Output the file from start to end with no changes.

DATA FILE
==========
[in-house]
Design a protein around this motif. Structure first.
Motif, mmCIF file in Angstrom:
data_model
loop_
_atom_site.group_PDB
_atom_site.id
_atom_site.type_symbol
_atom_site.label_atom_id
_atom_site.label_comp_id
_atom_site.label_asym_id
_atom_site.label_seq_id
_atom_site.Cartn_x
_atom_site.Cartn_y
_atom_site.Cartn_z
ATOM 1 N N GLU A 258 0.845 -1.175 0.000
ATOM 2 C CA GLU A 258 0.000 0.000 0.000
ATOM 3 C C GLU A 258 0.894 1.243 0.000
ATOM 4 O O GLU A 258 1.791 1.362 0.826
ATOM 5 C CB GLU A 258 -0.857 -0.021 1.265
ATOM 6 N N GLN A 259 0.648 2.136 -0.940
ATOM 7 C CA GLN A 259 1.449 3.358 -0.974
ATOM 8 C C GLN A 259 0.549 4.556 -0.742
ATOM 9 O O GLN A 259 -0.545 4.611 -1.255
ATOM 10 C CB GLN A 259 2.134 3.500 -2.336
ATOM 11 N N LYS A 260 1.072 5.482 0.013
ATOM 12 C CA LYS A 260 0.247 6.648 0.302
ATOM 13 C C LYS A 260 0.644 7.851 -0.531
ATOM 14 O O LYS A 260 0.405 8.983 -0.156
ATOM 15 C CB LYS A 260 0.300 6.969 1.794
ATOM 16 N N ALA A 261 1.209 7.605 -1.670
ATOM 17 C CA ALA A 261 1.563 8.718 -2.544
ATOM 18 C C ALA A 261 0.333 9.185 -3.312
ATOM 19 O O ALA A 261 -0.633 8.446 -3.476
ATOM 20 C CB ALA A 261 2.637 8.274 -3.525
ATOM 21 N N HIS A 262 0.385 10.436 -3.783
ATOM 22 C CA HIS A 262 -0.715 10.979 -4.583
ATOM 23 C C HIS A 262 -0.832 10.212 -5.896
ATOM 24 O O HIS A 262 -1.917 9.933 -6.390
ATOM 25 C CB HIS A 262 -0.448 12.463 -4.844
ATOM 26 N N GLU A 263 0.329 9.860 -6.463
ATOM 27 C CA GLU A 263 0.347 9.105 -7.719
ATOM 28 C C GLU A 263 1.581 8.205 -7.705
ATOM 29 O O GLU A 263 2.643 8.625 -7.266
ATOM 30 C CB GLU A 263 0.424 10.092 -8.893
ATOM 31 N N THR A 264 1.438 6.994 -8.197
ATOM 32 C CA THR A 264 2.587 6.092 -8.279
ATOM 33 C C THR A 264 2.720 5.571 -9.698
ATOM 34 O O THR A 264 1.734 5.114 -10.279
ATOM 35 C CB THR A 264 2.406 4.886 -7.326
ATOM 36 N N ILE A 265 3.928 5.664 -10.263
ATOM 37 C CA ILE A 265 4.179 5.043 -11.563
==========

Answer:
[in-house]
Design a protein around this motif. Structure first.
Motif, mmCIF file in Angstrom:
data_model
loop_
_atom_site.group_PDB
_atom_site.id
_atom_site.type_symbol
_atom_site.label_atom_id
_atom_site.label_comp_id
_atom_site.label_asym_id
_atom_site.label_seq_id
_atom_site.Cartn_x
_atom_site.Cartn_y
_atom_site.Cartn_z
ATOM 1 N N GLU A 258 0.845 -1.175 0.000
ATOM 2 C CA GLU A 258 0.000 0.000 0.000
ATOM 3 C C GLU A 258 0.894 1.243 0.000
ATOM 4 O O GLU A 258 1.791 1.362 0.826
ATOM 5 C CB GLU A 258 -0.857 -0.021 1.265
ATOM 6 N N GLN A 259 0.648 2.136 -0.940
ATOM 7 C CA GLN A 259 1.449 3.358 -0.974
ATOM 8 C C GLN A 259 0.549 4.556 -0.742
ATOM 9 O O GLN A 259 -0.545 4.611 -1.255
ATOM 10 C CB GLN A 259 2.134 3.500 -2.336
ATOM 11 N N LYS A 260 1.072 5.482 0.013
ATOM 12 C CA LYS A 260 0.247 6.648 0.302
ATOM 13 C C LYS A 260 0.644 7.851 -0.531
ATOM 14 O O LYS A 260 0.405 8.983 -0.156
ATOM 15 C CB LYS A 260 0.300 6.969 1.794
ATOM 16 N N ALA A 261 1.209 7.605 -1.670
ATOM 17 C CA ALA A 261 1.563 8.718 -2.544
ATOM 18 C C ALA A 261 0.333 9.185 -3.312
ATOM 19 O O ALA A 261 -0.633 8.446 -3.476
ATOM 20 C CB ALA A 261 2.637 8.274 -3.525
ATOM 21 N N HIS A 262 0.385 10.436 -3.783
ATOM 22 C CA HIS A 262 -0.715 10.979 -4.583
ATOM 23 C C HIS A 262 -0.832 10.212 -5.896
ATOM 24 O O HIS A 262 -1.917 9.933 -6.390
ATOM 25 C CB HIS A 262 -0.448 12.463 -4.844
ATOM 26 N N GLU A 263 0.329 9.860 -6.463
ATOM 27 C CA GLU A 263 0.347 9.105 -7.719
ATOM 28 C C GLU A 263 1.581 8.205 -7.705
ATOM 29 O O GLU A 263 2.643 8.625 -7.266
ATOM 30 C CB GLU A 263 0.424 10.092 -8.893
ATOM 31 N N THR A 264 1.438 6.994 -8.197
ATOM 32 C CA THR A 264 2.587 6.092 -8.279
ATOM 33 C C THR A 264 2.720 5.571 -9.698
ATOM 34 O O THR A 264 1.734 5.114 -10.279
ATOM 35 C CB THR A 264 2.406 4.886 -7.326
ATOM 36 N N ILE A 265 3.928 5.664 -10.263
ATOM 37 C CA ILE A 265 4.179 5.043 -11.563